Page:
High cholesterol may increase the risk of Alzheimer’s disease: Study

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High cholesterol has been linked to everything from strokes to coronary artery disease but researchers now say it may also increase the risk of Alzheimer's disease. Source: Getty

While most people are aware that high cholesterol is a major health issue that can increase the risk of stroke, peripheral arterial disease, coronary artery disease and cardiovascular disease, new research shows that there may also a link between high LDL cholesterol levels and early-onset Alzheimer’s disease.

Everyone naturally has high-density lipoprotein (good cholesterol) and low-density lipoprotein (bad cholesterol) in their bodies, but researchers are now interested in how LDL cholesterol can impact the development of the early-onset of Alzheimer’s. Higher levels of high-density lipoprotein are actually good for health, but the body’s cells can’t handle high levels of LDL.

Cholesterol can build up in the walls of the arteries when levels are too high, leading to an array of serious health problems.

“The big question is whether there is a causal link between cholesterol levels in the blood and Alzheimer’s disease risk,” lead author Thomas Wingo said in the study published in the JAMA Neurology Journal.

While previous data has been inconclusive, researchers believe one interpretation of the new study is that LDL plays a casual role when a person develops Alzheimer’s disease.

“If that is the case, we might need to revise targets for LDC cholesterol to help reduce Alzheimer’s risk,” Wingo said. “Our work now is focused on testing whether there is a causal link.”

Higher cholesterol levels have been linked to an increased risk of Alzheimer’s in later life, but little research exists about the possible connection between cholesterol levels and the risk of early-onset Alzheimer’s – which typically appears in people aged 65 and younger.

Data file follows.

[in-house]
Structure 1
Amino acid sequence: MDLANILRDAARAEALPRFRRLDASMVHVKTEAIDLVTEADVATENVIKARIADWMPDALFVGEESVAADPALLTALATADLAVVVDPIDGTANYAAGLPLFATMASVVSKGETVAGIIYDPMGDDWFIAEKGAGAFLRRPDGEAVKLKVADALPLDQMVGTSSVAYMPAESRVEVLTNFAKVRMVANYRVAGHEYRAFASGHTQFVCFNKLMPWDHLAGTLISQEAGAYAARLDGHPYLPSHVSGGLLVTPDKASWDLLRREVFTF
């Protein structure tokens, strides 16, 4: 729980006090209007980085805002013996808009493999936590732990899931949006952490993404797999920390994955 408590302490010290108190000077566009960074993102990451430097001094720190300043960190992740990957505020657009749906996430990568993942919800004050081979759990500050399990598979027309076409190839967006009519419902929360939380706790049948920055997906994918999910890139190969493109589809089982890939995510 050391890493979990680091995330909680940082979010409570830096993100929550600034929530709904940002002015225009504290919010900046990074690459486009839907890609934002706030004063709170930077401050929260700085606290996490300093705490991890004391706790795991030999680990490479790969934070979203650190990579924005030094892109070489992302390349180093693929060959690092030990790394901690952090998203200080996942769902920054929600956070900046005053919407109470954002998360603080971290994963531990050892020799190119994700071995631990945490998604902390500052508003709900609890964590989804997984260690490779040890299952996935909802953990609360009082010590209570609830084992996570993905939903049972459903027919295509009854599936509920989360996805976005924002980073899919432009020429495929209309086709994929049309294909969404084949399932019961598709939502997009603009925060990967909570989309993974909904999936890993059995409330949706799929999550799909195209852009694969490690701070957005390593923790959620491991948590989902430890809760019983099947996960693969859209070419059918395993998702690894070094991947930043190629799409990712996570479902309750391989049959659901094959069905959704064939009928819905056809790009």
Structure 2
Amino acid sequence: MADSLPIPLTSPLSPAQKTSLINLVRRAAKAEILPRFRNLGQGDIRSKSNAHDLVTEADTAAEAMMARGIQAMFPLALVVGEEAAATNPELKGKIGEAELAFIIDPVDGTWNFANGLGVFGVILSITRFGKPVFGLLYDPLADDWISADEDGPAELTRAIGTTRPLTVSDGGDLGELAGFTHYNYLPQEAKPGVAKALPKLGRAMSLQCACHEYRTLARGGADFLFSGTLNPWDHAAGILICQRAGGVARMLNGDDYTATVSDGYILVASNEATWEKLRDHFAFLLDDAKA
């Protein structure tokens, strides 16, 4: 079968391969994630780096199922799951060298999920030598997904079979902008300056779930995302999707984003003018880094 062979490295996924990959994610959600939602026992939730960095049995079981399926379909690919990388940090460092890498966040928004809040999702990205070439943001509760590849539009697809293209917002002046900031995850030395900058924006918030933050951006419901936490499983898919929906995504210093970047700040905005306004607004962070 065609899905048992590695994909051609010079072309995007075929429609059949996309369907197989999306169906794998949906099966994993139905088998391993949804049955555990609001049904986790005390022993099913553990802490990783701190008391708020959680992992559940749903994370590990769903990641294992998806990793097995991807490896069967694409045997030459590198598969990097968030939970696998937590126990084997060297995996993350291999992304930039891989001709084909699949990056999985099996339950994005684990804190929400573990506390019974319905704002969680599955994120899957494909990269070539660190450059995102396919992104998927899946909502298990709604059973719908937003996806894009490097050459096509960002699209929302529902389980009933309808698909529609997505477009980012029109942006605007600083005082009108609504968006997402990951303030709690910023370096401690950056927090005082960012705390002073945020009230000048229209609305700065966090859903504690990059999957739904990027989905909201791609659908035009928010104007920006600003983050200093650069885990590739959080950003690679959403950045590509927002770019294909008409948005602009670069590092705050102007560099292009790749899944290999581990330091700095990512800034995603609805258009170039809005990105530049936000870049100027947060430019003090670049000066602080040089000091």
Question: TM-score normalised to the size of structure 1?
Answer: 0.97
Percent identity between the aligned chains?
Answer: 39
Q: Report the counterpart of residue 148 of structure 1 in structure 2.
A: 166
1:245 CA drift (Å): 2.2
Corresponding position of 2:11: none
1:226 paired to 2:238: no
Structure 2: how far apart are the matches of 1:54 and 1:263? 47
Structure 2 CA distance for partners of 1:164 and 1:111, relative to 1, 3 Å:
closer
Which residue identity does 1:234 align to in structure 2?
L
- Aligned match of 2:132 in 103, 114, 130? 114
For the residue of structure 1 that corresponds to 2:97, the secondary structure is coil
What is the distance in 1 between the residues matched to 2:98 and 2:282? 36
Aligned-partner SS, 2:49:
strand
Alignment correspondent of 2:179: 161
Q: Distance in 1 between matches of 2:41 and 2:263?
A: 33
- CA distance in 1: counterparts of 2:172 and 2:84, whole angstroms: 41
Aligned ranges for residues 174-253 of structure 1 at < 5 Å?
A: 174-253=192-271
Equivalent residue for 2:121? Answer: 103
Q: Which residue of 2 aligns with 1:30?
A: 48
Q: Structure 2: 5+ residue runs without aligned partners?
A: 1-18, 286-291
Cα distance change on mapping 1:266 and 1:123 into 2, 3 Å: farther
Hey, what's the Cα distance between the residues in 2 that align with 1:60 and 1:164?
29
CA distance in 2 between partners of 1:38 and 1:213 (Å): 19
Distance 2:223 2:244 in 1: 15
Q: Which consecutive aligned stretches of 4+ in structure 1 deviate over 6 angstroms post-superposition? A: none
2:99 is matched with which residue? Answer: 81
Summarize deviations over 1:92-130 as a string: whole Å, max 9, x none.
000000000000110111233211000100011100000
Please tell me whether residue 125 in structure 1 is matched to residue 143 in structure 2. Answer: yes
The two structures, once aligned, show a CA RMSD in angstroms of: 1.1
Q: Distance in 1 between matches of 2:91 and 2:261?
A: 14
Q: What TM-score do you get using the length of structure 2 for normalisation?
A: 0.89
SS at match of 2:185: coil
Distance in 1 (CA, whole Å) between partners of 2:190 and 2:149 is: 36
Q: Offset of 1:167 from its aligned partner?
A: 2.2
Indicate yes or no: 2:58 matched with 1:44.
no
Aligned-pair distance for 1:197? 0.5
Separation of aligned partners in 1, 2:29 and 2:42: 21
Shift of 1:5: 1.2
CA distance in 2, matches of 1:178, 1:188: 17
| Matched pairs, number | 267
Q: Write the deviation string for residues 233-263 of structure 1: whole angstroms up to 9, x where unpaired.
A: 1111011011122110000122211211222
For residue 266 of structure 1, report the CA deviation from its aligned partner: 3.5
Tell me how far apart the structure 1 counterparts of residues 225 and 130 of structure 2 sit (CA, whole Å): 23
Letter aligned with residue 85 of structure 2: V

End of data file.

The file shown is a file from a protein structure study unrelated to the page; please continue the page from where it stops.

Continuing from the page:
Early-onset Alzheimer’s makes up around 10 per cent of all Alzheimer’s cases, with most of those affected inheriting genes from their parents. A mutation in a gene called APOE is the largest known single genetic risk factor for Alzheimer’s disease, while a variation called APOE E4 is known to raise levels of circulating cholesterol.

Researchers analysed 2,125 people as part of their study. Of those, 654 had early-onset Alzheimer’s and 1,471 were controls. Blood samples of 267 participants were also analysed to measure the amount of LDL cholesterol.

It was found that APOE E4 explained 10 per cent of cases of early-onset Alzheimer’s, while one of three other specific gene variants related to early-onset Alzheimer’s (APP, PSEN1 and PSEN2) were identified in 3 per cent of cases.

After analysing blood samples, participants with elevated LDL levels were more likely to have early-onset Alzheimer’s disease, compared with patients with lower cholesterol levels. There was no link found between high-density lipoprotein levels and early-onset Alzheimer’s.

The study also found that a rare variant of a gene called APOB – a gene that encodes a protein that’s involved in the metabolism of lipids, or fats, including cholesterol – was another possible genetic risk factor for early-onset Alzheimer’s.

Patients with high cholesterol are often prescribed statins or cholesterol-lowering medication to manage the condition, while diet and lifestyle changes can reduce levels in those without a genetic version of the disease.

Decreasing red meat consumption and increasing levels of plant-based foods, nuts, walnuts, almonds and pecans can help, while physical exercise also plays a role in lowering LDL levels.

It’s always important to talk to a doctor about the right treatment for you.

Do you think high cholesterol can increase the risk of dementia? How do you manage your cholesterol levels?

Important information: The information provided on this website is of a general nature and information purposes only. It does not take into account your personal health requirements or existing medical conditions. It is not personalised health advice and must not be relied upon as such. Before making any decisions about your health or changes to medication, diet and exercise routines you should determine whether the information is appropriate in terms of your particular circumstances and seek advice from a medical professional.

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